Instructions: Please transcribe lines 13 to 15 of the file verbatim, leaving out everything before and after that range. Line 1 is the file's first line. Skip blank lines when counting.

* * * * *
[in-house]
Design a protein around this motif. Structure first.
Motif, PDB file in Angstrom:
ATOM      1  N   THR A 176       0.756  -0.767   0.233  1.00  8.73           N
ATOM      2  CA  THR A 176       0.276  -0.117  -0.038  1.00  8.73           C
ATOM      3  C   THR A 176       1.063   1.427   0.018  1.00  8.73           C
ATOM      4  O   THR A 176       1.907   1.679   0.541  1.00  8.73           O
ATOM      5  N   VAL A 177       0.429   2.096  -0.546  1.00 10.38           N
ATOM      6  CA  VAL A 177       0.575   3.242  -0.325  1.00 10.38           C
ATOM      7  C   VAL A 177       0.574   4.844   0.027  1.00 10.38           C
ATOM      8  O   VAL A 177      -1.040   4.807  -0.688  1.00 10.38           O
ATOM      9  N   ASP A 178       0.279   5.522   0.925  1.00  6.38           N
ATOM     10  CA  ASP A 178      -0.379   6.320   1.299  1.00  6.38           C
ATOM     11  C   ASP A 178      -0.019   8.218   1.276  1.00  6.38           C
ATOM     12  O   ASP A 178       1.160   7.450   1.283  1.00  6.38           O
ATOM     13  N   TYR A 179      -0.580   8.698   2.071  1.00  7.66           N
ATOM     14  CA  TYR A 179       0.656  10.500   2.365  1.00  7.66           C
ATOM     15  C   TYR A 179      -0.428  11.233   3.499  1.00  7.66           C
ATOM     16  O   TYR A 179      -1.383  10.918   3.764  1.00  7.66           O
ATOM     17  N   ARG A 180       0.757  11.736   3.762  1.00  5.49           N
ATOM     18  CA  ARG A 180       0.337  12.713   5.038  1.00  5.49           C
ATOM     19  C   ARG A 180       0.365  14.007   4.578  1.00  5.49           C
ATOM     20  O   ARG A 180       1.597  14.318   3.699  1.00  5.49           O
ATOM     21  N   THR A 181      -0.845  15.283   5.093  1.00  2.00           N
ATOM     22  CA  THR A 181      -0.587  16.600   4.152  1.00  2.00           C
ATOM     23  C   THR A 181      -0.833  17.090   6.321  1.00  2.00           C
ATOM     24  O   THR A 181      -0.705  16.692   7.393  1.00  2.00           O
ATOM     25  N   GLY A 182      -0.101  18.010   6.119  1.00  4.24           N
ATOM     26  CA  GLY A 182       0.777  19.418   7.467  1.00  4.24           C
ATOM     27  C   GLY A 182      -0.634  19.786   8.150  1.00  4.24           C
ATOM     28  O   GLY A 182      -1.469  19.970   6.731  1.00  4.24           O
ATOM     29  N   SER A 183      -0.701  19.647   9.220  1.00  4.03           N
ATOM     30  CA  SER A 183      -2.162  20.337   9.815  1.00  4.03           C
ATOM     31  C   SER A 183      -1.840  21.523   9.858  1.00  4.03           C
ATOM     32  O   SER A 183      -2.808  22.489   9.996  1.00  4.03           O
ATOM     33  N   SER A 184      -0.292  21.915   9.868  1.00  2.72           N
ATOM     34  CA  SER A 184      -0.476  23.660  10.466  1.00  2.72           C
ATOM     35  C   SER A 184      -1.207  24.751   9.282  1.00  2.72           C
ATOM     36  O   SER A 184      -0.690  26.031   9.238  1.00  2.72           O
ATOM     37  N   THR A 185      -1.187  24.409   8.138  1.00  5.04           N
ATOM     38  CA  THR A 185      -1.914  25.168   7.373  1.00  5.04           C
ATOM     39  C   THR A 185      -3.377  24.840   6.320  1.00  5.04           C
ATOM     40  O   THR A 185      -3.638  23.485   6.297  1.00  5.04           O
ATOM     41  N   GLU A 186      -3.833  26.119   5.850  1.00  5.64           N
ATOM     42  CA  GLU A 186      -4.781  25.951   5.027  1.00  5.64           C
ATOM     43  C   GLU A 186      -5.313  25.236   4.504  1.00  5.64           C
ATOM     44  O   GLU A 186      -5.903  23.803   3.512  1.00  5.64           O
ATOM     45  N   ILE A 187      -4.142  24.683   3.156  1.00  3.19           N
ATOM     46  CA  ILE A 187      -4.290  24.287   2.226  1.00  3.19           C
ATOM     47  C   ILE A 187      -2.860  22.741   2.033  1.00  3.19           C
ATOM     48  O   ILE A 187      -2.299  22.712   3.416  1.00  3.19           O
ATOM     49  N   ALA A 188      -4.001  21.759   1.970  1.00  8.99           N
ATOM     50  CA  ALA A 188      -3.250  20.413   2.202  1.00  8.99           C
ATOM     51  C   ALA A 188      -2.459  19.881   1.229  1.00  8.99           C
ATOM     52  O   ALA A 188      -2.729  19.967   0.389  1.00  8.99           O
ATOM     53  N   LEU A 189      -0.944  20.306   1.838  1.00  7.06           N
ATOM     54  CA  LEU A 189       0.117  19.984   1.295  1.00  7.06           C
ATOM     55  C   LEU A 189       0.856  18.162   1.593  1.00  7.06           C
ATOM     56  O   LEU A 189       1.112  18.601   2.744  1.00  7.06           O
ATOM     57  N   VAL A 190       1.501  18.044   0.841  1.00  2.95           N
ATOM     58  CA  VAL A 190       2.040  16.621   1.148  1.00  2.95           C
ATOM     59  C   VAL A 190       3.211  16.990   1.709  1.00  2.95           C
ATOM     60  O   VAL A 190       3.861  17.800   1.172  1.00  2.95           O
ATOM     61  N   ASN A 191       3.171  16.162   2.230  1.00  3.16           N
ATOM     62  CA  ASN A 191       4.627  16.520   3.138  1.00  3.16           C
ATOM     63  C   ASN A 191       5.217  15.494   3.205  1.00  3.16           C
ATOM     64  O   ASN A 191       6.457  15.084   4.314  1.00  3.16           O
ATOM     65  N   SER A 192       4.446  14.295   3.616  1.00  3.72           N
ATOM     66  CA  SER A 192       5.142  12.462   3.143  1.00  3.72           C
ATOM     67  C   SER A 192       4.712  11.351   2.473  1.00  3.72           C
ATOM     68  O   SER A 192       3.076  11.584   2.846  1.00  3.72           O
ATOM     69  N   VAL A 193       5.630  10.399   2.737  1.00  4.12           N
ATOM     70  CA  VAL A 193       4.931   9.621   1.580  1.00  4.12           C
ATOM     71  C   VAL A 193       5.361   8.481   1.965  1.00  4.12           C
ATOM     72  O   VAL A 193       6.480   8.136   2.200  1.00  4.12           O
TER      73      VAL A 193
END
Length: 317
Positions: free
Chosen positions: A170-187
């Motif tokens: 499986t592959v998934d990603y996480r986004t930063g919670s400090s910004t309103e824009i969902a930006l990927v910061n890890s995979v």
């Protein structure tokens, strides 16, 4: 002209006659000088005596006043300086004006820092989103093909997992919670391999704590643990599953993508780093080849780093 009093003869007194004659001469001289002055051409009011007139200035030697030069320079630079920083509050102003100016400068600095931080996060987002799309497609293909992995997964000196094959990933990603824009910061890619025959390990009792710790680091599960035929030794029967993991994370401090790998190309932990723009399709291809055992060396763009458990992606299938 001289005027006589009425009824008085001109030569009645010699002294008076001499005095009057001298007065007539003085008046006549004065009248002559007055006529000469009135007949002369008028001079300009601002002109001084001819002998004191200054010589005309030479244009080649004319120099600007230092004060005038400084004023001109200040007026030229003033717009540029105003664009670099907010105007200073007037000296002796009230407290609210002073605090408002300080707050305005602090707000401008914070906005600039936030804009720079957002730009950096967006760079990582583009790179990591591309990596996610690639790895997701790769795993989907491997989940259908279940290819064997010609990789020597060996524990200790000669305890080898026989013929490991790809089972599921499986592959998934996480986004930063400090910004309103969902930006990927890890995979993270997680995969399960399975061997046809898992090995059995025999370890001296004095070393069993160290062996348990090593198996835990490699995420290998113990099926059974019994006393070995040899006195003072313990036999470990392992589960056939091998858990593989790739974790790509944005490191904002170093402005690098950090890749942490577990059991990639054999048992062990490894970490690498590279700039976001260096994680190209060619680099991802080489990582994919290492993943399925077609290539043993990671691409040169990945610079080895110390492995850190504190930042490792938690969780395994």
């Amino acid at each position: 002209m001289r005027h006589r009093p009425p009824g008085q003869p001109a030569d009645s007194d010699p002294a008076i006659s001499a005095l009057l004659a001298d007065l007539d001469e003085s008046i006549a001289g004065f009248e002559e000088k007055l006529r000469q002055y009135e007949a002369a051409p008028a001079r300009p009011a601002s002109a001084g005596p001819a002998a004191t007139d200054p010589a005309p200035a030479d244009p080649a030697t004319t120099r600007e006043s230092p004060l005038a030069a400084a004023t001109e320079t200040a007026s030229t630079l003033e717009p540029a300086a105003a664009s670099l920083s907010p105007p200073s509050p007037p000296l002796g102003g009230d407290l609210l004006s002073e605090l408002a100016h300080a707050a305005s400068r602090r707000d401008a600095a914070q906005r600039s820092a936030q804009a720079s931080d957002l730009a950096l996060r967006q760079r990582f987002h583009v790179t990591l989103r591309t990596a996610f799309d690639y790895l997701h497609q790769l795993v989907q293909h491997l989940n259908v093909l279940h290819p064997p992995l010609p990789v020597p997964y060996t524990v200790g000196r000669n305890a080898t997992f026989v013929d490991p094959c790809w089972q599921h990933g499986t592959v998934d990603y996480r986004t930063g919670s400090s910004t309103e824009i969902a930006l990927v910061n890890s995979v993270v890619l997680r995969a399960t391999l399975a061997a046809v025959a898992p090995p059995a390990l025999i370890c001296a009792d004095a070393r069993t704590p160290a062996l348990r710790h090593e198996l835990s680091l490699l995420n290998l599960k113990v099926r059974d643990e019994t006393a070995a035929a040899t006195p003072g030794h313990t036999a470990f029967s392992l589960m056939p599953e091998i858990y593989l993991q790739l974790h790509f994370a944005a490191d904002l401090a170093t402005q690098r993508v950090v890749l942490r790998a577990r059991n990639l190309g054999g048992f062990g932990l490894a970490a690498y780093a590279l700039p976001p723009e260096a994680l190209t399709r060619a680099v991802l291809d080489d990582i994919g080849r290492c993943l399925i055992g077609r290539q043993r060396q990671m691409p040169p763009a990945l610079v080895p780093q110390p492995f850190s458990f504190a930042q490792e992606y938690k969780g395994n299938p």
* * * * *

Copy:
ATOM     10  CA  ASP A 178      -0.379   6.320   1.299  1.00  6.38           C
ATOM     11  C   ASP A 178      -0.019   8.218   1.276  1.00  6.38           C
ATOM     12  O   ASP A 178       1.160   7.450   1.283  1.00  6.38           O